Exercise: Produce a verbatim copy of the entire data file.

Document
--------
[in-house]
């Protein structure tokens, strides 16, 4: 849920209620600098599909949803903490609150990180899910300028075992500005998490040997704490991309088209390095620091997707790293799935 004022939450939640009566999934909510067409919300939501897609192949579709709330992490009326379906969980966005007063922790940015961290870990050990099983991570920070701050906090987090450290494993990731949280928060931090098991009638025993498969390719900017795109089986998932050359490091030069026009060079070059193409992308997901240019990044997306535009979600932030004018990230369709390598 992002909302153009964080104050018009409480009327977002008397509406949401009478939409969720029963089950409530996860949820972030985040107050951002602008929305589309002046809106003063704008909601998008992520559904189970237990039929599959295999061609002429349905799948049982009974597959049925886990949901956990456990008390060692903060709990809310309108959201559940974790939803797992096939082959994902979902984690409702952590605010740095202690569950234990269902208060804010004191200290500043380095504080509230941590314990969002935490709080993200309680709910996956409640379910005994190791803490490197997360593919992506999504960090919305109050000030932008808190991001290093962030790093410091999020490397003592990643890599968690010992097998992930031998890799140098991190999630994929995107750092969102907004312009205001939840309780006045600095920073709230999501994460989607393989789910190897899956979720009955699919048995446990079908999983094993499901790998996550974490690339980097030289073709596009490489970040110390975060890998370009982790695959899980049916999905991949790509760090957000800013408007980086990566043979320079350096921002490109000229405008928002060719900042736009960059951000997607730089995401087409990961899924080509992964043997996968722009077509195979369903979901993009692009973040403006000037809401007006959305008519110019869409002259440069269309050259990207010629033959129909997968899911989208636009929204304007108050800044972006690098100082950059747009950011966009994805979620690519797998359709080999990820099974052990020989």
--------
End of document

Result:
[in-house]
């Protein structure tokens, strides 16, 4: 849920209620600098599909949803903490609150990180899910300028075992500005998490040997704490991309088209390095620091997707790293799935 004022939450939640009566999934909510067409919300939501897609192949579709709330992490009326379906969980966005007063922790940015961290870990050990099983991570920070701050906090987090450290494993990731949280928060931090098991009638025993498969390719900017795109089986998932050359490091030069026009060079070059193409992308997901240019990044997306535009979600932030004018990230369709390598 992002909302153009964080104050018009409480009327977002008397509406949401009478939409969720029963089950409530996860949820972030985040107050951002602008929305589309002046809106003063704008909601998008992520559904189970237990039929599959295999061609002429349905799948049982009974597959049925886990949901956990456990008390060692903060709990809310309108959201559940974790939803797992096939082959994902979902984690409702952590605010740095202690569950234990269902208060804010004191200290500043380095504080509230941590314990969002935490709080993200309680709910996956409640379910005994190791803490490197997360593919992506999504960090919305109050000030932008808190991001290093962030790093410091999020490397003592990643890599968690010992097998992930031998890799140098991190999630994929995107750092969102907004312009205001939840309780006045600095920073709230999501994460989607393989789910190897899956979720009955699919048995446990079908999983094993499901790998996550974490690339980097030289073709596009490489970040110390975060890998370009982790695959899980049916999905991949790509760090957000800013408007980086990566043979320079350096921002490109000229405008928002060719900042736009960059951000997607730089995401087409990961899924080509992964043997996968722009077509195979369903979901993009692009973040403006000037809401007006959305008519110019869409002259440069269309050259990207010629033959129909997968899911989208636009929204304007108050800044972006690098100082950059747009950011966009994805979620690519797998359709080999990820099974052990020989």